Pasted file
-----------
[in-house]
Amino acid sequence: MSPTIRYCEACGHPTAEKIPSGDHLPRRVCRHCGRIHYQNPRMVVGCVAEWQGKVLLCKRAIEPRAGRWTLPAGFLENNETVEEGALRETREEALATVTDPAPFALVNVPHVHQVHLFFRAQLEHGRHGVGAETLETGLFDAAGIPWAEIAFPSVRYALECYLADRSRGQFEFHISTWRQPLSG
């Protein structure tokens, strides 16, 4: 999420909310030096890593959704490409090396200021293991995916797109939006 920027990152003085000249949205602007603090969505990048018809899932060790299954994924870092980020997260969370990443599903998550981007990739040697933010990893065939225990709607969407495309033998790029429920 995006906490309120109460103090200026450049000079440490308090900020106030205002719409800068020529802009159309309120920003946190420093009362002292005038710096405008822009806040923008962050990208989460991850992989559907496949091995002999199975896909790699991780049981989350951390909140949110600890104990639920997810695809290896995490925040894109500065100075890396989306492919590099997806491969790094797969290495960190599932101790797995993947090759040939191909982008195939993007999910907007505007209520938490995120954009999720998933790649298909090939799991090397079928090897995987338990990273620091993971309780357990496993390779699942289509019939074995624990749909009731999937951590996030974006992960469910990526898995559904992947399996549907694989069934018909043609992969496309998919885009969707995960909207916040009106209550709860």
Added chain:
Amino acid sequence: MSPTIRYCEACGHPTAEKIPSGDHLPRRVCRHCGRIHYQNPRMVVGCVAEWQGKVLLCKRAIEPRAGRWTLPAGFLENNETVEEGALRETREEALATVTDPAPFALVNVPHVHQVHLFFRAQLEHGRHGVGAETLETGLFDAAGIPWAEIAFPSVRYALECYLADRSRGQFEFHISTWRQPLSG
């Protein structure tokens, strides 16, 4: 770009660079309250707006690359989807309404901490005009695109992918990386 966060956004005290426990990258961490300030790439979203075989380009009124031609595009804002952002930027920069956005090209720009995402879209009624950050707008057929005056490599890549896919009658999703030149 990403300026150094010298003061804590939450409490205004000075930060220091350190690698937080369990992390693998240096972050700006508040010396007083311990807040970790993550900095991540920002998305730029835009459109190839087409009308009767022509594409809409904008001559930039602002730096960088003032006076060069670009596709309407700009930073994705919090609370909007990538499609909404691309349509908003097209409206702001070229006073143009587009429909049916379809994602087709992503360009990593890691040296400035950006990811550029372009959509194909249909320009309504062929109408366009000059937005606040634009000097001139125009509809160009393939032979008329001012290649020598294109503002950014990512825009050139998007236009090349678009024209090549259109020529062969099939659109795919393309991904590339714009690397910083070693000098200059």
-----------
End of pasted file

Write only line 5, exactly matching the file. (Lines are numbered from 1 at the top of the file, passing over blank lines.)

Amino acid sequence: MSPTIRYCEACGHPTAEKIPSGDHLPRRVCRHCGRIHYQNPRMVVGCVAEWQGKVLLCKRAIEPRAGRWTLPAGFLENNETVEEGALRETREEALATVTDPAPFALVNVPHVHQVHLFFRAQLEHGRHGVGAETLETGLFDAAGIPWAEIAFPSVRYALECYLADRSRGQFEFHISTWRQPLSG